Tyler's Lunch Break
Spoilers: Buffy 2.19 (I Only Have Eyes For You)
and CSI: Miami 3.1 (Lost Son)
. No particular spoilers for Jake 2.0.
Disclaimer: I am not Joss, Mutant Enemy, Jerry Bruckheimer, Anthony Zuiker, Alliance Atlantis, Silvio Horta or Roundtable. I therefore own none of the primary characters, worse luck. I've also borrowed heavily from the backgrounds for Speed and Tyler that Caroline Crane developed in her stories, and that's emphatically something that she should get the credit for, not me.
Notes: Christopher Gorham played both Jake Foley in Jake 2.0 and James Stanley (the ghost) in I Only Have Eyes For You
. The first kid that the ghost possesses is played by Brian Poth, who also played A/V tech Tyler Jensen in CSI: Miami
. That kid is never named...
Tyler Jensen sat out in the bright Miami sun, staring into his espresso as if he expected to read the future in its inky depths. Sometimes he wished he could, but all he saw in what had become this lunchtime ritual was the past. The contented past that ended one month and fourteen days earlier when Tim Speedle went into a jewelry store with his boss and came out in a body-bag. The past one month and six days ago when he couldn't force himself to attend Speed's funeral, because he could just imagine the looks of their colleagues and he couldn't stand that even in his imagination. And the past twenty seven days earlier when he realised he was functionally insane.
Tim shifted in his chair. "Brooding really isn't a good look on you," he said.
"Shut up." Tyler didn't look up from his coffee as he spoke. If he didn't look, he wasn't really imagining Tim sitting next to him. Plus it didn't seem so much like he was talking to himself.
"I mean it." Out of the corner of the eye that he wasn't keeping on Tim, really he wasn't, Tyler saw movement and he knew that if he did look he'd see concern on that normally guarded face. "You're a good actor and you've got the rest of the lab fooled, but I know you better than that."
There was no answer to that, really, Tyler thought. Speed did know -- had known -- Tyler better than that, and it looked like Tyler wasn't even allowed to lie to himself anymore.
Speed sighed. "Look, I've been where you are. You keep going the way you are right now, and all you'll do is let it consume you."
Tyler looked up, staring straight at Tim for once. "Like you did," he said trying to keep the hurt out of his voice. Did he really need to give himself this lecture?
"Yeah." Tim coloured and looked away. Tyler had to close his eyes for a moment, reminding himself that this was a figment of his imagination, that he couldn't hurt someone who wasn't really there. He felt guilty about it anyway.
When he looked back, Tim was still looking away. Tyler recognised the set of his jaw, though; apparently he was going to get the lecture anyway. "Yes," Speed said, "I spent years too scared that I'd get hurt again. I don't want you to have to go through that. The way I hear it, there's a shortage of good-looking A/V technicians available for pulling people's heads out of their asses."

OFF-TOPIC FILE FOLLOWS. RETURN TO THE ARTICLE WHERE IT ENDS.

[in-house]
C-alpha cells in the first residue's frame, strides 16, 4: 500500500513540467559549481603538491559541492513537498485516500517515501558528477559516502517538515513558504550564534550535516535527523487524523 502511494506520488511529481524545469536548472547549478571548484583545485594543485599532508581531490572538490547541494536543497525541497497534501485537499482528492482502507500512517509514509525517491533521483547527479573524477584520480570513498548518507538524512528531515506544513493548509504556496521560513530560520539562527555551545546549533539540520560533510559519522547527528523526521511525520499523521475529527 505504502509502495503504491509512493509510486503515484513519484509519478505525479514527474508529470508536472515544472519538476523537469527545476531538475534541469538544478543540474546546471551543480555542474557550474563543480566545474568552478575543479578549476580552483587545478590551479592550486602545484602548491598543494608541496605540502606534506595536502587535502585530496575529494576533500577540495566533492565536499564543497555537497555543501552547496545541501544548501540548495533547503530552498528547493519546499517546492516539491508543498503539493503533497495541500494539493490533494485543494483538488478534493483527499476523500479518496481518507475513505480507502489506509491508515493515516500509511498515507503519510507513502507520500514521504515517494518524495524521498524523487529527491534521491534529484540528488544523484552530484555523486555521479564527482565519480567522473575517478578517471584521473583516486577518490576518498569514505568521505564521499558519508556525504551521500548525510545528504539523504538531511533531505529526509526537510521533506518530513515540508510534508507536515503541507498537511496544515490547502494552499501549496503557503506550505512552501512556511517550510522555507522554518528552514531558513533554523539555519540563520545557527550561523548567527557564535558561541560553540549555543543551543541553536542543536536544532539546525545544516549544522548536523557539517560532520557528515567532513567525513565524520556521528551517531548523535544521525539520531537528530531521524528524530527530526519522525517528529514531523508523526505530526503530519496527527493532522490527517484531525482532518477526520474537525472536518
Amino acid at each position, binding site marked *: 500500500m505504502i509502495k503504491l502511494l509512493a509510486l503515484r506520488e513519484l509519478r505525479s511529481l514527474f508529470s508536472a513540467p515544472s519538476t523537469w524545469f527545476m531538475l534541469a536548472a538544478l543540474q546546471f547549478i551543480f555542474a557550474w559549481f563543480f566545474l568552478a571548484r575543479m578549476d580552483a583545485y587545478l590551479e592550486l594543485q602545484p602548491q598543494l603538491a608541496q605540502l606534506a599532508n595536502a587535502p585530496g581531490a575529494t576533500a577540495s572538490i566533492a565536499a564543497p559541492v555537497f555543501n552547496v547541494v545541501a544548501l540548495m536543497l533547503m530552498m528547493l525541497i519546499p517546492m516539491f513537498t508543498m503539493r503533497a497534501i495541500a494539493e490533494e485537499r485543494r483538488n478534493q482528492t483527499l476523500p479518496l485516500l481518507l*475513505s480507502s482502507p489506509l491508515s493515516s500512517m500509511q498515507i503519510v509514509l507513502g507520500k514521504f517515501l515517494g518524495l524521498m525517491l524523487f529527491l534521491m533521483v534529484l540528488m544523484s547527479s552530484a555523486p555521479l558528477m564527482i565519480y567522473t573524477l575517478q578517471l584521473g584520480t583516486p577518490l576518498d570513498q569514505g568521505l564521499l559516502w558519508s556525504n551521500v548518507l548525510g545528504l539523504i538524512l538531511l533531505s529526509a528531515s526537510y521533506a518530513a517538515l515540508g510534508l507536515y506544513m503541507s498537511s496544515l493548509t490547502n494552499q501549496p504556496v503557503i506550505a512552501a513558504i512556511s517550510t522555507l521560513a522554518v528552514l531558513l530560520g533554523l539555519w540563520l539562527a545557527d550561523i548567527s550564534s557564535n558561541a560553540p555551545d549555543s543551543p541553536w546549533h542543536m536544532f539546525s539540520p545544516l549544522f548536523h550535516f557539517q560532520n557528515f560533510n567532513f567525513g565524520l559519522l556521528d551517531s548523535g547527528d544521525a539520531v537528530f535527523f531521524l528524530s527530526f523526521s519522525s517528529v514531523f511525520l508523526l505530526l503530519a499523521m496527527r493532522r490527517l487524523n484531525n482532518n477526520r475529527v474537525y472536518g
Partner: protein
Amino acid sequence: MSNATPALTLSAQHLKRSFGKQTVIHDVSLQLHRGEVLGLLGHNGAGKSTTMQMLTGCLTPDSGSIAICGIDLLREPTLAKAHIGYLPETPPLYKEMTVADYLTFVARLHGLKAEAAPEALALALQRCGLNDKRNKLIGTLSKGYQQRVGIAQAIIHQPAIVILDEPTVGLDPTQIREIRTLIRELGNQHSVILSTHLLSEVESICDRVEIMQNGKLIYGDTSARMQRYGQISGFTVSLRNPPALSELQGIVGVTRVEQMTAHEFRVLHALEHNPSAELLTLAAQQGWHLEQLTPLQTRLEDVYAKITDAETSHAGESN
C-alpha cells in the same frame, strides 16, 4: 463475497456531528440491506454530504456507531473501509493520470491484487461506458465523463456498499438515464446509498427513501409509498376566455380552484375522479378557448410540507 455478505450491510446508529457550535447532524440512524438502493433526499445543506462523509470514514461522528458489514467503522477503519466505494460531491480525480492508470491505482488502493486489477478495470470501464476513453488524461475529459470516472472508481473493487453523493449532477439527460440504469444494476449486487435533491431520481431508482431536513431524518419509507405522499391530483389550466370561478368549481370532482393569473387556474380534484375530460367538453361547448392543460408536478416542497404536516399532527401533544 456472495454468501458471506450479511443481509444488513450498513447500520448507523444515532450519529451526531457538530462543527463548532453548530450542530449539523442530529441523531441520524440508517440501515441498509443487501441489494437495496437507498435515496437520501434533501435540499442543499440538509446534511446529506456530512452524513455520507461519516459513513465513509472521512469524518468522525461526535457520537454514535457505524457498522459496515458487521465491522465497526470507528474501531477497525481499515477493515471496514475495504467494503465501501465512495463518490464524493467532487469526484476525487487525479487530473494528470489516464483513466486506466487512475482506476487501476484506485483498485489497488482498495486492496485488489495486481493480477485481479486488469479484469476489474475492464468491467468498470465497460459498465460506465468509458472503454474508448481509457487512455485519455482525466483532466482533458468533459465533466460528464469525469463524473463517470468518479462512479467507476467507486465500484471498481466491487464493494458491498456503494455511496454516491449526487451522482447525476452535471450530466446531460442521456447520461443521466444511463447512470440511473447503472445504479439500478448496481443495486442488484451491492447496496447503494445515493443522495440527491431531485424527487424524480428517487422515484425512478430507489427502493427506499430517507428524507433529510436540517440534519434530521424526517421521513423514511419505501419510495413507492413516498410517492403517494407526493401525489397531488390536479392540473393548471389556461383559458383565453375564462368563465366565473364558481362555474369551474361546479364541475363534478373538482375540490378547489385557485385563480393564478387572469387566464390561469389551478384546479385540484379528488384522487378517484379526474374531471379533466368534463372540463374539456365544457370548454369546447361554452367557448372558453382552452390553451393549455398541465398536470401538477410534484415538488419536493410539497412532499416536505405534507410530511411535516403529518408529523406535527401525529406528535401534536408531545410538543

Tyler did his best to ignore the typically indirect declaration of love, because it did hurt and it did make him scared for the future. Especially if that future included seeing his dead gay boyfriend everywhere he looked. But all the same it didn't hurt so much that he couldn't function, and in some ways seeing Speed all the time was a positive thing; when he finally stopped seeing Tim, he'd know that he was ready to move on.
That still left him sitting alone in a cafe struggling with the irrational urge to comfort a hallucination of his dead boyfriend.
"You were still a teenager when you lost David," he said, remembering to talk into his coffee cup so the other customers wouldn't think he was crazy. Even if he was.
"Sometimes I wonder if you've ever grown up," Speed told him.
"Which would make you a dirty old man," Tyler fired back. Tim didn't quite manage to suppress a smile at that, and Tyler didn't even try not to grin at him. "Seriously though, you were there when it happened. One moment everything was great, and the next he was in a coma and you barely had a scratch on you. That's one big load of survivor guilt to get over."
"And you're such an expert on survivor guilt."
"I could write the book." That got Tim's attention. Maybe he shouldn't have sounded so bitter that the real Tim would have noticed, but it wouldn't have mattered for this imaginary Tim anyway. He had never really told Tim much about his life before working for the Miami-Dade crime lab, just a few happy moments and some vague generalisations, a few bits and pieces about college and some of what he saw before he realised he wasn't destined for Broadway after all. Apparently his subconscious thought he should have told Tim more, because Tim was giving him that 'I want to know but I'm not going to push' look that Tyler knew so well that he had to swallow down the lump in his throat.